One user summed up by saying, "Over the long run, the system saves us time, making up for the initial hassles with increased efficiency."
The products (continued)
Of course, the initial hassles of a software change can make you want to pull your hair out. As with every other function in a veterinary hospital, training is key. And in this case, you may need to look beyond staff training; you may need to train your software, too.
"You want to tweak your software so it performs tasks in the most efficient way," Brenneman says. "For example, in the SOAP record, you can have stuff drop in with just a few key strokes. But developing this background takes six to 12 months."
Generally, she says, practices find it easier to tackle the project in stages. But even if you don't plan to take on a six-month tweaking project, you can't expect to use the software perfectly overnight. After all, veterinarians aren't computer experts. In fact, 63 percent of respondents to our users' survey say they don't think they use all or even most of their system's features. The top two reasons: not enough time and lack of training. As one respondent says, "It's difficult to find time to learn and implement all components."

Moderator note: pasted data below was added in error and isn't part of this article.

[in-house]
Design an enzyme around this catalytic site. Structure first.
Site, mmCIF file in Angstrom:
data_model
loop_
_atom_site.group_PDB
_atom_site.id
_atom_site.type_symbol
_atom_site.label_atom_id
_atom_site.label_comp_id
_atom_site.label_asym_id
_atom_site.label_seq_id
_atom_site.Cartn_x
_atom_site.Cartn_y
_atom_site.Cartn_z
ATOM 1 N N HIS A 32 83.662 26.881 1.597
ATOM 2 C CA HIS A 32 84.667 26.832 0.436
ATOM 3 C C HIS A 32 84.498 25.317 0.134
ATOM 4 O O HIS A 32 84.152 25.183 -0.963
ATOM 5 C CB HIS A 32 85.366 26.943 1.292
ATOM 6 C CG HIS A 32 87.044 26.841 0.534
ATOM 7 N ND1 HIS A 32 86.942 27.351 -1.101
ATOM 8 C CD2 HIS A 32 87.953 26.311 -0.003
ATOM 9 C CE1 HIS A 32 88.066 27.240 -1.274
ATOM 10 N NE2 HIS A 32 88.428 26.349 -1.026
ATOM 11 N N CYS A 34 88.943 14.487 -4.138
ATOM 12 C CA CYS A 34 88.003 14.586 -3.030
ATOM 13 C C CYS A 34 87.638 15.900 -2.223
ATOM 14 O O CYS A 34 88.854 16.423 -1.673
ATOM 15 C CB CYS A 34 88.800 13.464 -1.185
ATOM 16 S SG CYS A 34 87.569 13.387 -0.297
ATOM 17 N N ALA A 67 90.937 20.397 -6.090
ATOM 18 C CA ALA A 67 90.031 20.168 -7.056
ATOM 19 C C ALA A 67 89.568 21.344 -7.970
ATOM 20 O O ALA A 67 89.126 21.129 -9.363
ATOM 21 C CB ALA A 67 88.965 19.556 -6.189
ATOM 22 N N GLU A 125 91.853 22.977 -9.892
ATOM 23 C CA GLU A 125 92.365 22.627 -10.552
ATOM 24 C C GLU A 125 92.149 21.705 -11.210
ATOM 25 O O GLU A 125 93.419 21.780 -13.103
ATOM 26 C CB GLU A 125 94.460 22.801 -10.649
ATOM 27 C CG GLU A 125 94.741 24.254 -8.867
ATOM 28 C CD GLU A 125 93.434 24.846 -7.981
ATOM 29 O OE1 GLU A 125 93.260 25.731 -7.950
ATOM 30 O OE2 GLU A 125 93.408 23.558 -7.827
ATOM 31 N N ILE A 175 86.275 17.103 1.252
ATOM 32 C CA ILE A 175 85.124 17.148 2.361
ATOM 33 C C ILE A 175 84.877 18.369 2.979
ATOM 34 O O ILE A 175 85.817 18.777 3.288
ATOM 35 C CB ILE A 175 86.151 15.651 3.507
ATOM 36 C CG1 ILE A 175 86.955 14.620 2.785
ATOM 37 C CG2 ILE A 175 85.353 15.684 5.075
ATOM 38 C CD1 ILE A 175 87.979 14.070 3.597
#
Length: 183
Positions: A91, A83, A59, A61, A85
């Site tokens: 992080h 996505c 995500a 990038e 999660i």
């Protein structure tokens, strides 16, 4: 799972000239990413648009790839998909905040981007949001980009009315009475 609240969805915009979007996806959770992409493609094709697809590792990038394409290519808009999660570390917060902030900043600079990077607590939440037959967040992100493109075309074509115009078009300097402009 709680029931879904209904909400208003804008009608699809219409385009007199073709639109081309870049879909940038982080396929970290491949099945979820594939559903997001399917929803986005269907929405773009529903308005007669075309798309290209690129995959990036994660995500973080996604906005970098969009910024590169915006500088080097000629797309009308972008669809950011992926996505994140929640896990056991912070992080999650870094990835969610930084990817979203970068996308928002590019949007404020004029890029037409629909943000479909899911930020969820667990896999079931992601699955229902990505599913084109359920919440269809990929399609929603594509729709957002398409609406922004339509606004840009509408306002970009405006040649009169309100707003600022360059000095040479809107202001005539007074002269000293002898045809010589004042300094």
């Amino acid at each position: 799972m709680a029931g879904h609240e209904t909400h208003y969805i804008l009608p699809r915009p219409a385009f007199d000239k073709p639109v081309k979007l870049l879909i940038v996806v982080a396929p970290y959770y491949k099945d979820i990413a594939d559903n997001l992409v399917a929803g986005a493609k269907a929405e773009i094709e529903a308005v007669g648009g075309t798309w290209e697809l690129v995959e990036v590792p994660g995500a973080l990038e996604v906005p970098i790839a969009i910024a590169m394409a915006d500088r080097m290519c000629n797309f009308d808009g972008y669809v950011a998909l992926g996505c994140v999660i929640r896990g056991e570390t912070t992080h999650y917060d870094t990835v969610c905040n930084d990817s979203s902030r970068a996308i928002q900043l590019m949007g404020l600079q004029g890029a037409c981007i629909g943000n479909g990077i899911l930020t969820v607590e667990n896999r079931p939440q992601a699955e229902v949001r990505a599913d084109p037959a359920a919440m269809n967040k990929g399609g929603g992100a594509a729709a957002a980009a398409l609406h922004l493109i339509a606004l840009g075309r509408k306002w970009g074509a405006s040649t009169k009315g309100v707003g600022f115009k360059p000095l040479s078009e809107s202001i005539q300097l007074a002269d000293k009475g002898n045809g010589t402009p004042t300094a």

Figure 2 Training and technical support
The take-away lesson: Get help setting up your system. Your investment in customizing the system so it meets your needs ultimately determines how well your investment pays off. "The right person can help you mesh your software with your clinic flow so you're using features at each stage of interaction with your client and patient," Brenneman says.
Then, make sure you train your team. "If you train your staff members properly, they'll be up to speed faster, using the software more effectively," Brenneman says. "Ultimately, your investment will pay off more quickly."
Figure 3 Focus on features
And don't stop there. As you experience turnover, your team takes an efficiency hit. "Stuff gets lost along the way as staff members train new employees," she says. "So most clinics would benefit from having a trainer come in every one or two years." Luckily, many manufacturers offer these kinds of continuing education opportunities.
Of course, maintaining your software infrastructure is as important as maintaining team members' knowledge base. Yet Brenneman says practices tend to skimp in this area. Software maintenance fees are worth the cost, she says, because your investment keeps you in the loop when it comes to updates and enhancements. Plus, you want the company to stay in business; the success of your software depends on their existence.
Figure 4 Modules and capabilities
After all the work to pick the software that best meets your needs, you want to make sure you're keeping your system healthy and using its abilities to the fullest. A company or independent trainer can help you accomplish this.
Figure 5 Compatibility
If you've done the recommended maintenance and trained your staff members and your software still isn't delivering, it's time to look for new solutions. (See "You Know You Need to Replace Your Software When..." for more.)
In that situation now? The following tables should help you evaluate the options.
The Bottom Line